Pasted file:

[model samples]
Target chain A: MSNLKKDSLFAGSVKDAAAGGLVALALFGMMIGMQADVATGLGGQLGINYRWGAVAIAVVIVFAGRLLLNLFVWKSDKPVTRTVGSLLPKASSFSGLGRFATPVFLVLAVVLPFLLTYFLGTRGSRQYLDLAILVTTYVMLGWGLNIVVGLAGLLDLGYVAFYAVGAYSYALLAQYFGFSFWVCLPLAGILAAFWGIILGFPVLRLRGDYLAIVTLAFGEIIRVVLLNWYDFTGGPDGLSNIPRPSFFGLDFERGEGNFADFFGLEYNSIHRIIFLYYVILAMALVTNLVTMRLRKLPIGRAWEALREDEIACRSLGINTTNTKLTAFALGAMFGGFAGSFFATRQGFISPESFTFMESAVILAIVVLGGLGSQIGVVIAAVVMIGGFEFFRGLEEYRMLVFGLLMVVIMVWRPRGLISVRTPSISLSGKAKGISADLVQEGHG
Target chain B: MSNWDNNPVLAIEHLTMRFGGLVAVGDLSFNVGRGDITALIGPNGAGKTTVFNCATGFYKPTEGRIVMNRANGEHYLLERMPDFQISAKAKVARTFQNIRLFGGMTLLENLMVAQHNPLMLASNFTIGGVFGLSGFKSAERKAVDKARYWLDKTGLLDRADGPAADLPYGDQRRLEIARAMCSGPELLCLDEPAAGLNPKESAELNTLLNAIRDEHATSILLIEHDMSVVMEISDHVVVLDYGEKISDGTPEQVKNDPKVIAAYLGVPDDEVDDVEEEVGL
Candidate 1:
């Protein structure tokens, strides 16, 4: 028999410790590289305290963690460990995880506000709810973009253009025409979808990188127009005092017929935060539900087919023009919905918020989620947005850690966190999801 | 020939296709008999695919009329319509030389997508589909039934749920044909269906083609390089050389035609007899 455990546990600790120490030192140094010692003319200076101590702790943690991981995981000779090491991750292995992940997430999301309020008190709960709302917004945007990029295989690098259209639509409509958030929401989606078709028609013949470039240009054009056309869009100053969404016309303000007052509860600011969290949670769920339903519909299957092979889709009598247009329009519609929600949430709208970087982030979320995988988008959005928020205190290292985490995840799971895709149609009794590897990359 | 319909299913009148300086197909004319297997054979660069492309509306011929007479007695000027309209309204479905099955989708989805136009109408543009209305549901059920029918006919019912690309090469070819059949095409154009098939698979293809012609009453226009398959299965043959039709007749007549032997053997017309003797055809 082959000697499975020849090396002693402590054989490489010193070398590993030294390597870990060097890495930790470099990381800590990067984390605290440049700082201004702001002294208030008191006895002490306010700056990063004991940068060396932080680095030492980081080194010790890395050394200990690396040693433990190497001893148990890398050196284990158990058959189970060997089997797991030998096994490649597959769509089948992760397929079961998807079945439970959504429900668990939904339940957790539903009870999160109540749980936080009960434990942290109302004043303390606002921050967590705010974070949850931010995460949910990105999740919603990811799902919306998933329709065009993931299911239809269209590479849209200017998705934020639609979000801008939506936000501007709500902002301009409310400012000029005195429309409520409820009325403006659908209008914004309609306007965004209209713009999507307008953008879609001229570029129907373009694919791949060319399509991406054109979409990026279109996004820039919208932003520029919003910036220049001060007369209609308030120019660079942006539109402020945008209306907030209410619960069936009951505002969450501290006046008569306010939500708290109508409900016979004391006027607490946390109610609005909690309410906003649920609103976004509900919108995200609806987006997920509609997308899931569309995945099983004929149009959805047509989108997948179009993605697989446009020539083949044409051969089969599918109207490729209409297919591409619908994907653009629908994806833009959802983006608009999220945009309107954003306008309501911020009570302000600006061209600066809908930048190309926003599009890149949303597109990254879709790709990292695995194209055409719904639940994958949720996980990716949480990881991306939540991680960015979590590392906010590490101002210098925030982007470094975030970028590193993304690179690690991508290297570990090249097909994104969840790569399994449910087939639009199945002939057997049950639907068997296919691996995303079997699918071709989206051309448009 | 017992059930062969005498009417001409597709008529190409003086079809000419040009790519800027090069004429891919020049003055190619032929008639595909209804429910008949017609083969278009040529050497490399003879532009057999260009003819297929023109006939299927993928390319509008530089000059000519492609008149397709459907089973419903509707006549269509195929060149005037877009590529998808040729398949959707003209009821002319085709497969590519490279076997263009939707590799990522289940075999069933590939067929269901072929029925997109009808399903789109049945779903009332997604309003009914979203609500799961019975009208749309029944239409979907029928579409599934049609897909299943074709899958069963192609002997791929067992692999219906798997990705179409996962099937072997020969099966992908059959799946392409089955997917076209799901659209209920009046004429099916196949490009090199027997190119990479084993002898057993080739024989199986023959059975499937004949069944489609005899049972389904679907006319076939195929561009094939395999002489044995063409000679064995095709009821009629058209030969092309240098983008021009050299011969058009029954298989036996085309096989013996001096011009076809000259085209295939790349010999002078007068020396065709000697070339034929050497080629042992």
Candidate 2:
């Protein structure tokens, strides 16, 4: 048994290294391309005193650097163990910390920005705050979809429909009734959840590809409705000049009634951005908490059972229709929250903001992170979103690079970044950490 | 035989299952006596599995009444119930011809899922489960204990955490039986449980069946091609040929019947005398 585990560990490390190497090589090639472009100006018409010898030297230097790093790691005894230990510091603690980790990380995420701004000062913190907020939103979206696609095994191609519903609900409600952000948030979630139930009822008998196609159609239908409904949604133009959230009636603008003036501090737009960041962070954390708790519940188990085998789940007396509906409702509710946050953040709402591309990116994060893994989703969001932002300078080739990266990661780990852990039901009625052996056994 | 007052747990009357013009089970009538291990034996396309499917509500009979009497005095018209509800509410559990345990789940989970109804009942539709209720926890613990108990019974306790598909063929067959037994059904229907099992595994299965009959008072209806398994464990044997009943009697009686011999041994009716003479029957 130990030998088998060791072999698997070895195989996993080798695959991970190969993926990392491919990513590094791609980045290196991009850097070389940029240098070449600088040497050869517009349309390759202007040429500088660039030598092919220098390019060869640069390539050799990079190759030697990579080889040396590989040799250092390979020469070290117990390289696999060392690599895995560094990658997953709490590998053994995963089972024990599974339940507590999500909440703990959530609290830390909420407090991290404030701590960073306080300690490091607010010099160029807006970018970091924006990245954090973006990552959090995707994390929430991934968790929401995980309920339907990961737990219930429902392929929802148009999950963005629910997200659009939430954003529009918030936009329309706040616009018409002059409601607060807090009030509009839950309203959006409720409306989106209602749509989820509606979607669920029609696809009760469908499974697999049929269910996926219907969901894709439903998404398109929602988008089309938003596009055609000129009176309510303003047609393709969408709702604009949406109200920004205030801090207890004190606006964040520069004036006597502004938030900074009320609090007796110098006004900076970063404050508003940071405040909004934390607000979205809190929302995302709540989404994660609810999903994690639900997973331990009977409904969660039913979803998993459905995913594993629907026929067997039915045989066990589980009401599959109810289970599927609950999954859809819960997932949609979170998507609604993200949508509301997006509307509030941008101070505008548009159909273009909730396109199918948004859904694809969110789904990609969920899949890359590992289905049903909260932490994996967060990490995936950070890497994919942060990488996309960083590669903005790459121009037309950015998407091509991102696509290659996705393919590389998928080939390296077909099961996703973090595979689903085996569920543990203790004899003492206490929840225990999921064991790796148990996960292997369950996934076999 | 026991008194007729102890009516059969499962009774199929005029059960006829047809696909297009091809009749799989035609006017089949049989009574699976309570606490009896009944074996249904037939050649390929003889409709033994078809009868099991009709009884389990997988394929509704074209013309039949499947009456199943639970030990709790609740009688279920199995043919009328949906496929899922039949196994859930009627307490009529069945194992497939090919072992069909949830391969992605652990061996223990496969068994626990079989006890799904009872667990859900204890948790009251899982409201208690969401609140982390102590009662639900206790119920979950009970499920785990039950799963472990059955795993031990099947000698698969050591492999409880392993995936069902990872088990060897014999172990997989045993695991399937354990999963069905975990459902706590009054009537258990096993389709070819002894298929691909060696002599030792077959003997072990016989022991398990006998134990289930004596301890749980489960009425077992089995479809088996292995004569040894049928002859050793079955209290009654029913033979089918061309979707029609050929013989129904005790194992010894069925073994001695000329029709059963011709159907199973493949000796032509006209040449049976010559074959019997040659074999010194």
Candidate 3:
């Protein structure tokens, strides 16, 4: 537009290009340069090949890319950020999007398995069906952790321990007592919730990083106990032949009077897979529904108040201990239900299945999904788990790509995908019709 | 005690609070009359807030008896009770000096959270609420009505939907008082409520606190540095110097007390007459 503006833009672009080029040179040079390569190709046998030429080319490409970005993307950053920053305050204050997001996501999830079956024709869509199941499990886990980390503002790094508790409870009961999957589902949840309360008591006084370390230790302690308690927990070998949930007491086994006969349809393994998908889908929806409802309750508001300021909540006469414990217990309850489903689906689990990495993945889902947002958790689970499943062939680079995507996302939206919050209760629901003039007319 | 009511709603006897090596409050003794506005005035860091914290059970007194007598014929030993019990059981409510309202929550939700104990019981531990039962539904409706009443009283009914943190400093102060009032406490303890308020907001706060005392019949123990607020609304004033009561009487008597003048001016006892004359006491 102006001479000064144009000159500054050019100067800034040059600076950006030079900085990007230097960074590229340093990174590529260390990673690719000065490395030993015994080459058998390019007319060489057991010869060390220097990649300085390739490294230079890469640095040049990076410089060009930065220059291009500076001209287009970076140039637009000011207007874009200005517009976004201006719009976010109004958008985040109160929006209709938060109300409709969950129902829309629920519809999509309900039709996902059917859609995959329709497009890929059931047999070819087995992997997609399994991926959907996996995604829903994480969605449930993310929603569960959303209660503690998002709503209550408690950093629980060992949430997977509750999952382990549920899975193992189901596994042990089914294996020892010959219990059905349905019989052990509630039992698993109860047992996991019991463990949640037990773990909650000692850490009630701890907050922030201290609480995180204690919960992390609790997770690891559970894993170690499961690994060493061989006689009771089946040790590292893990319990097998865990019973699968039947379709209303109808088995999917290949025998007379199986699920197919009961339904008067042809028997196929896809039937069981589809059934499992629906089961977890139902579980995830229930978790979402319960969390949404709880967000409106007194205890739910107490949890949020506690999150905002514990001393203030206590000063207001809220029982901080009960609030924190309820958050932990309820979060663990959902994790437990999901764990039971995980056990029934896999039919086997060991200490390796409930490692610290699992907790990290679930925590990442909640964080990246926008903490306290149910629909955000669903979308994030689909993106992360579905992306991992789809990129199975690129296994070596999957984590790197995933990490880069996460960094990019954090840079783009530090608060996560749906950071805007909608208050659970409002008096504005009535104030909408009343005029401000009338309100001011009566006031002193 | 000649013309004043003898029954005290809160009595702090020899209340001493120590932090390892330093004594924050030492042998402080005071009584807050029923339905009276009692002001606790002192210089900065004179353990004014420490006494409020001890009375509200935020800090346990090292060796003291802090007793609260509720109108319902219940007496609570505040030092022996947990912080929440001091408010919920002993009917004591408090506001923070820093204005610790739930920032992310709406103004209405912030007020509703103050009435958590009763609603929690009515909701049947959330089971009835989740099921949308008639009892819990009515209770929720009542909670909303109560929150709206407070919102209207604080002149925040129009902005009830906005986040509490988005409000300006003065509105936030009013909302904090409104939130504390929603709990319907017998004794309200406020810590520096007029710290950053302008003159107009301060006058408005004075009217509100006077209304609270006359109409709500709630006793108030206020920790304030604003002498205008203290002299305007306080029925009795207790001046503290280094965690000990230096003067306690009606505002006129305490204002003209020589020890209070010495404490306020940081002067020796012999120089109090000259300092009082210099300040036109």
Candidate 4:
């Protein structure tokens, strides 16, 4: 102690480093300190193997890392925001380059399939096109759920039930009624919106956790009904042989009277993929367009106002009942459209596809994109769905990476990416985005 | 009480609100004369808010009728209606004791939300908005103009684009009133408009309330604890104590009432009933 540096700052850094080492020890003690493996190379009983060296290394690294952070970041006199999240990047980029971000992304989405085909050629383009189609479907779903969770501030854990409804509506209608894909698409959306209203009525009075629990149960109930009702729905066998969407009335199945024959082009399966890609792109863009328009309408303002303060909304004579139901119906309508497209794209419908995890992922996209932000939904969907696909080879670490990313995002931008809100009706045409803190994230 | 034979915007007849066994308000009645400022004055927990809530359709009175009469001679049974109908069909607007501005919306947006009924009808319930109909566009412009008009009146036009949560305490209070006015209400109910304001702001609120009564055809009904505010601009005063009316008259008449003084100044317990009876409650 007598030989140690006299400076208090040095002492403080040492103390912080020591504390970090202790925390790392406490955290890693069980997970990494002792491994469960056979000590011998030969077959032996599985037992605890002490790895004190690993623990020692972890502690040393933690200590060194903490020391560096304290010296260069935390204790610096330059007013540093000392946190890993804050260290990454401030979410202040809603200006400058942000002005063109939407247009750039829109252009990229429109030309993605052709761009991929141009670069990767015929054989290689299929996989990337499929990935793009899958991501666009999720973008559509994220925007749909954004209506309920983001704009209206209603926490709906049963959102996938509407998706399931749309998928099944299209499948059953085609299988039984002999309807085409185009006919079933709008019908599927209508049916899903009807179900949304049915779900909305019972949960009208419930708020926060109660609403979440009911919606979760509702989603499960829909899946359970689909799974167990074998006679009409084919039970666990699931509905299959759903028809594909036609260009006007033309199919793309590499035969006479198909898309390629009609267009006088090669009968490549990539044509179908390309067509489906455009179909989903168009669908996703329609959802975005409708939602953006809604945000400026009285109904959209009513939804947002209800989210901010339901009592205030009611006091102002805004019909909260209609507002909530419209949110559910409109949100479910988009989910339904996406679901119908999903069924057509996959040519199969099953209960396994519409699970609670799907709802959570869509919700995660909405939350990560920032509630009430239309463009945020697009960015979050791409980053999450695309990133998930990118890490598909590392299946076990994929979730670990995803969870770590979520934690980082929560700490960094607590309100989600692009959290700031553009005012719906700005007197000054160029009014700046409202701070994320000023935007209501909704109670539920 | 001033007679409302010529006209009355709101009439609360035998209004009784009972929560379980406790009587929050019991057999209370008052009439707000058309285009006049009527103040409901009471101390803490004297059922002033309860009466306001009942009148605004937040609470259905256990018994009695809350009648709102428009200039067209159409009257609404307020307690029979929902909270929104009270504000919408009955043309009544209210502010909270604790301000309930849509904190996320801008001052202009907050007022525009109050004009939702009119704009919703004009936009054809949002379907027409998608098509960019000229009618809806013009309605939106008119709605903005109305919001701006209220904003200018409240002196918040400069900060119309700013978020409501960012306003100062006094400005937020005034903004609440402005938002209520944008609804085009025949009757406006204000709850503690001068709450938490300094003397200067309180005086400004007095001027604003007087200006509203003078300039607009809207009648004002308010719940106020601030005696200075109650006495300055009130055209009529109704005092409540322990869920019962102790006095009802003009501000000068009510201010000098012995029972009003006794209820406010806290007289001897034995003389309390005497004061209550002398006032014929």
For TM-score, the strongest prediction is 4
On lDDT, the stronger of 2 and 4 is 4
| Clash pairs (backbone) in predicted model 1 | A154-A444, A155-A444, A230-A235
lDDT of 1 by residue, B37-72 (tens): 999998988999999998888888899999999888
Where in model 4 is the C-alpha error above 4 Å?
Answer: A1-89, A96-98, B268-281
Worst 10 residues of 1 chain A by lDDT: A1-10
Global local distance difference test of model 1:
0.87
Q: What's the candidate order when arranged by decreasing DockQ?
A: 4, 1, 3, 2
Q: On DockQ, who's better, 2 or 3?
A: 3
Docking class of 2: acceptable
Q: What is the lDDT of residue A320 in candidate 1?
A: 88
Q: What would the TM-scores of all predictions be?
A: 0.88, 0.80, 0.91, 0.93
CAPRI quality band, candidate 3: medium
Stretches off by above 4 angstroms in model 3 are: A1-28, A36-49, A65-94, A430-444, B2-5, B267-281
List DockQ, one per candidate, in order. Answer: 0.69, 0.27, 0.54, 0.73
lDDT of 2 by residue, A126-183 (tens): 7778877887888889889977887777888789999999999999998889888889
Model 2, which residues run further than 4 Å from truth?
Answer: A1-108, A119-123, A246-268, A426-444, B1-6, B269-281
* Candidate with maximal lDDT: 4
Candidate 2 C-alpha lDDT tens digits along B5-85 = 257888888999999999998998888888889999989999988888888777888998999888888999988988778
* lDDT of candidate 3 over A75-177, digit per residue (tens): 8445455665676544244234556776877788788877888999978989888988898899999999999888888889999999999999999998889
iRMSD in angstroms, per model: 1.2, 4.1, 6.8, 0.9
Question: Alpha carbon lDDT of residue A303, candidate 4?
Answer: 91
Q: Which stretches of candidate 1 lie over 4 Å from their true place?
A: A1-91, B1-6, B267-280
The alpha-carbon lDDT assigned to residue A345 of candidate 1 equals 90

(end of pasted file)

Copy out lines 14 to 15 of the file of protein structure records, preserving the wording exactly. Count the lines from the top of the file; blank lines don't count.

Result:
| Clash pairs (backbone) in predicted model 1 | A154-A444, A155-A444, A230-A235
lDDT of 1 by residue, B37-72 (tens): 999998988999999998888888899999999888